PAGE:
Supporting Black Businesses

Over the last few months there has been a lot of conversation surrounding the need to support black businesses, this is an important conversation to have. Although the concept of supporting a business would seem to be a very simple thing to do, it isn't for everyone. Here is my list of Do's and Don'ts

Black Business Owner
Supporting Black Business should come naturally


Don't - Ask for a discount

NO Discounts

This one should seem simple because it is actually counter productive. If you are saying you want to support a business you should pay in full, otherwise you are actually doing the exact opposite of supporting you have now become an expense to that business. Businesses are built on margins, so in order to operate businesses need margins in order to become profitable. On top of this when you are dealing with start up companies it is extremely difficult to get off the ground, your support is needed.


Do - Find Black Owned Businesses

Since the horrific events that took place with George Floyd, the search for black owned businesses has increased by 331% as compared to the same time last year. There has been many companies that have made it easier to locate black businesses the #blackcommercegroup is an example. Take the time to search some of them out, and you will start to realize how great some of these businesses are.


Dont - STOP

This is not a trend, its not about supporting for a couple months and forgetting about it. This is not meant to be support black businesses during black history month and move on after that. It actually bothers me that I have to say support black business as if our businesses are any different, but I understand why it's needed. We need this energy to continue.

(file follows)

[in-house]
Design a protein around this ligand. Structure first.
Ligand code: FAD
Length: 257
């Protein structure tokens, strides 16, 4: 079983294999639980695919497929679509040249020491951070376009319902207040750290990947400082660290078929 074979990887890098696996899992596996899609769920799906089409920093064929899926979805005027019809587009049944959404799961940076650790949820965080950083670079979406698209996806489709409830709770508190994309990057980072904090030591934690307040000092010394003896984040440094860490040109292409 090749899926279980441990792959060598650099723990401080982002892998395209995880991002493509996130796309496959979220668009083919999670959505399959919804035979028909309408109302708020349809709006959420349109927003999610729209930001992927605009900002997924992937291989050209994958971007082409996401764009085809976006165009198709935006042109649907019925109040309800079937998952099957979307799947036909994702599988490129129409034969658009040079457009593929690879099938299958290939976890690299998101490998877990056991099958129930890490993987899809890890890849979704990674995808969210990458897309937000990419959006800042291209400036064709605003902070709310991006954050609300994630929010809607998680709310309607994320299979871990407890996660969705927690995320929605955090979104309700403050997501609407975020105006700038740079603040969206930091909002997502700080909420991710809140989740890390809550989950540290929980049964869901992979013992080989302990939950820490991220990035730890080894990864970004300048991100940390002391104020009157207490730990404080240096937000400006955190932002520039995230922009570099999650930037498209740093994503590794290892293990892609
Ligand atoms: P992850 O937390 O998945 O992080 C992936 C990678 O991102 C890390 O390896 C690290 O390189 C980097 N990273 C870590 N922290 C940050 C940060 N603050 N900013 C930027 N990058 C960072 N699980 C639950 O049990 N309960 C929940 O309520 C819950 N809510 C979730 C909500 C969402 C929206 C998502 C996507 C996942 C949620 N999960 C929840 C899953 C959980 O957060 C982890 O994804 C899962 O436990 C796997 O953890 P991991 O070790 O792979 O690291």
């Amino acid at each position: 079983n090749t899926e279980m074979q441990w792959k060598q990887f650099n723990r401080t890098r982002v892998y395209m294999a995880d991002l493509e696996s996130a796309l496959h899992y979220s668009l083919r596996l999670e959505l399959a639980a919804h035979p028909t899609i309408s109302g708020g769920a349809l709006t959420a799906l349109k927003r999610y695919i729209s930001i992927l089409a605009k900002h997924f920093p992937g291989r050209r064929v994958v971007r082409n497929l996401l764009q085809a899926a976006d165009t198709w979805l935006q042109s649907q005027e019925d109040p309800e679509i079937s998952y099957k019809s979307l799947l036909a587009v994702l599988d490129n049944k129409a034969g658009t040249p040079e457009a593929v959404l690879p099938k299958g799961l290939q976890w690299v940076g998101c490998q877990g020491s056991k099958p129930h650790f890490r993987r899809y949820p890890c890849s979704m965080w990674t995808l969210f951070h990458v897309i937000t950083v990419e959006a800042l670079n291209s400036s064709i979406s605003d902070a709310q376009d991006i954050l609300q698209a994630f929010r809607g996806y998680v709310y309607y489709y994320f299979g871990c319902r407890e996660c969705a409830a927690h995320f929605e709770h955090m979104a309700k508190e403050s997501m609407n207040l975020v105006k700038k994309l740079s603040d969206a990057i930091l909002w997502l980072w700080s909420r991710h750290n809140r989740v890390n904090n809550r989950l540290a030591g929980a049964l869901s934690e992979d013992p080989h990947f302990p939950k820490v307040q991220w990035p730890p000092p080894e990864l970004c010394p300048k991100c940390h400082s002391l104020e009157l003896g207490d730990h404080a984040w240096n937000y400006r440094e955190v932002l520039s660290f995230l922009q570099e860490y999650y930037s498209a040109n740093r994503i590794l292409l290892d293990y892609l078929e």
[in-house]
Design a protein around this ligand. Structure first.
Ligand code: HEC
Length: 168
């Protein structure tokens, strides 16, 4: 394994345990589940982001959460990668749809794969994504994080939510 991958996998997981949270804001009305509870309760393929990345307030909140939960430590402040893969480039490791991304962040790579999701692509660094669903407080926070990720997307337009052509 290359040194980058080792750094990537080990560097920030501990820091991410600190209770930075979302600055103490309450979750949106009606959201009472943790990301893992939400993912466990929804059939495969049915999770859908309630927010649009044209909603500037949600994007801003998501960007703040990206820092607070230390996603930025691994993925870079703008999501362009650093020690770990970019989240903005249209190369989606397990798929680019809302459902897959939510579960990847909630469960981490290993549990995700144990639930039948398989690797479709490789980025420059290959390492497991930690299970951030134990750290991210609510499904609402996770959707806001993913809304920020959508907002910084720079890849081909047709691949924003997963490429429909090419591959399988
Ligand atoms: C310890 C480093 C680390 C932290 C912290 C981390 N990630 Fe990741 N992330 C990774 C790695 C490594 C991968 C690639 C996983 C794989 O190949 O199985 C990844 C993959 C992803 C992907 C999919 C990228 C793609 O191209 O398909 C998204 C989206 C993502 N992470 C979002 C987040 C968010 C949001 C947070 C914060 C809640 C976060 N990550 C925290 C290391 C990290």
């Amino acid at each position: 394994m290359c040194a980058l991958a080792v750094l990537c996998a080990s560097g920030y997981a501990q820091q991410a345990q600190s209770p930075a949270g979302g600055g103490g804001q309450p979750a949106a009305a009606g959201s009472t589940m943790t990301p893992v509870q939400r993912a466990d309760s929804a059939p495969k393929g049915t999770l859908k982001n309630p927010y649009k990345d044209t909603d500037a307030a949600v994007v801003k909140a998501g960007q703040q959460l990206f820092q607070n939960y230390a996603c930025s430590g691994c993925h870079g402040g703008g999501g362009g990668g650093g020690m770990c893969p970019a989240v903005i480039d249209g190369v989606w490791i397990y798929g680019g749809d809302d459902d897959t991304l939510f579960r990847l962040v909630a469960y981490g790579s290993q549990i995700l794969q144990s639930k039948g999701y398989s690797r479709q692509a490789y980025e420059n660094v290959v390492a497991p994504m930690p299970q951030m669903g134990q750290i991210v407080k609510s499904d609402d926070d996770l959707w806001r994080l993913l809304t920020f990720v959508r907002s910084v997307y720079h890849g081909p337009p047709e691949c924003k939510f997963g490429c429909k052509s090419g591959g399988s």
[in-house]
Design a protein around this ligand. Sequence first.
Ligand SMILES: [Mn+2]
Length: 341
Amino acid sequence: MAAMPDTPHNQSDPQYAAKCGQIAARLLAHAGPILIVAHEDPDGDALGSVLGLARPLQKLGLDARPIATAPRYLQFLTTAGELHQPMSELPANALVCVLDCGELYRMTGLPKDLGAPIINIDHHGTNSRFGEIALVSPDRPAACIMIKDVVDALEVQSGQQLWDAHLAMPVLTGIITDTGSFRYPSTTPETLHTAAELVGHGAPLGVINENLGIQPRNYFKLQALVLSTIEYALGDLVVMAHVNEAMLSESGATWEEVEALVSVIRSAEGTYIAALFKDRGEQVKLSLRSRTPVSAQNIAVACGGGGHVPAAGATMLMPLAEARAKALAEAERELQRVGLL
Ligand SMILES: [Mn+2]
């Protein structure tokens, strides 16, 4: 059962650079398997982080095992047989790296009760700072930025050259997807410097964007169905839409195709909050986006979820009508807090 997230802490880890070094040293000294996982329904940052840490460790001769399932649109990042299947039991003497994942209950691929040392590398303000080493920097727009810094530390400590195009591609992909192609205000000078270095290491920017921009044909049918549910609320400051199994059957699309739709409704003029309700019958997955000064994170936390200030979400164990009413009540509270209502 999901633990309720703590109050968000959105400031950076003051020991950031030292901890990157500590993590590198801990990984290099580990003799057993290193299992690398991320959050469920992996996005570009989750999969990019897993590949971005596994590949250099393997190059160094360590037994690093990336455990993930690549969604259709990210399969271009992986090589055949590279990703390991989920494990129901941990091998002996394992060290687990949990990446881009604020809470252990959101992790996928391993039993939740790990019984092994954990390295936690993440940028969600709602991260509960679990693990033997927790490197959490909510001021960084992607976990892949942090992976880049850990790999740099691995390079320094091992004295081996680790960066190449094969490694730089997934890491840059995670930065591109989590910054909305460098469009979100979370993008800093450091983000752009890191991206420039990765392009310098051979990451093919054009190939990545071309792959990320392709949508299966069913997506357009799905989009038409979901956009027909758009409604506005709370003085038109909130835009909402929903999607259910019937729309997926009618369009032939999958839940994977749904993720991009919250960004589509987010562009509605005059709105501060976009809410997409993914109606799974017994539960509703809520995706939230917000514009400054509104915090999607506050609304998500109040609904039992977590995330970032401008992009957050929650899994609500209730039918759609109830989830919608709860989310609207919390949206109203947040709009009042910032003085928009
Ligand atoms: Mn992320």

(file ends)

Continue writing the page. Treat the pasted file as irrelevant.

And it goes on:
Don't - Assume

A lot of the time when I talk to people they assume that if it's a black owned business, its

Chris founded Soldsie to make it easy for small businesses to monetize their Facebook pages.
Chris Bennett, CEO & Co-Founder of Soldsie

gotta be a clothing store or a restaurant. Its almost as if people think that cooking is something that every black person knows how to do. Here is a bit of a secret some of us can't make toast without burning it. There are so many black businesses from tech companies to consulting firms and yes we also have restaurants.





Black businesses have been targeted by hostile individuals and government policies historically
Tulsa, Okla. race massacre

Do - Research

During the Tulsa, Okla. race massacre, white rioters looted and burned the Greenwood District, a prosperous African-American area known as “Black Wall Street. Black businesses have been targeted by hostile individuals and government policies historically. More than half of companies that have black owners have been turned down for loans, a rate twice as high as white business owners, causing many black business owners to get finances from out of pocket or family and friends. There is a reason that the focus of supporting black businesses is needed.

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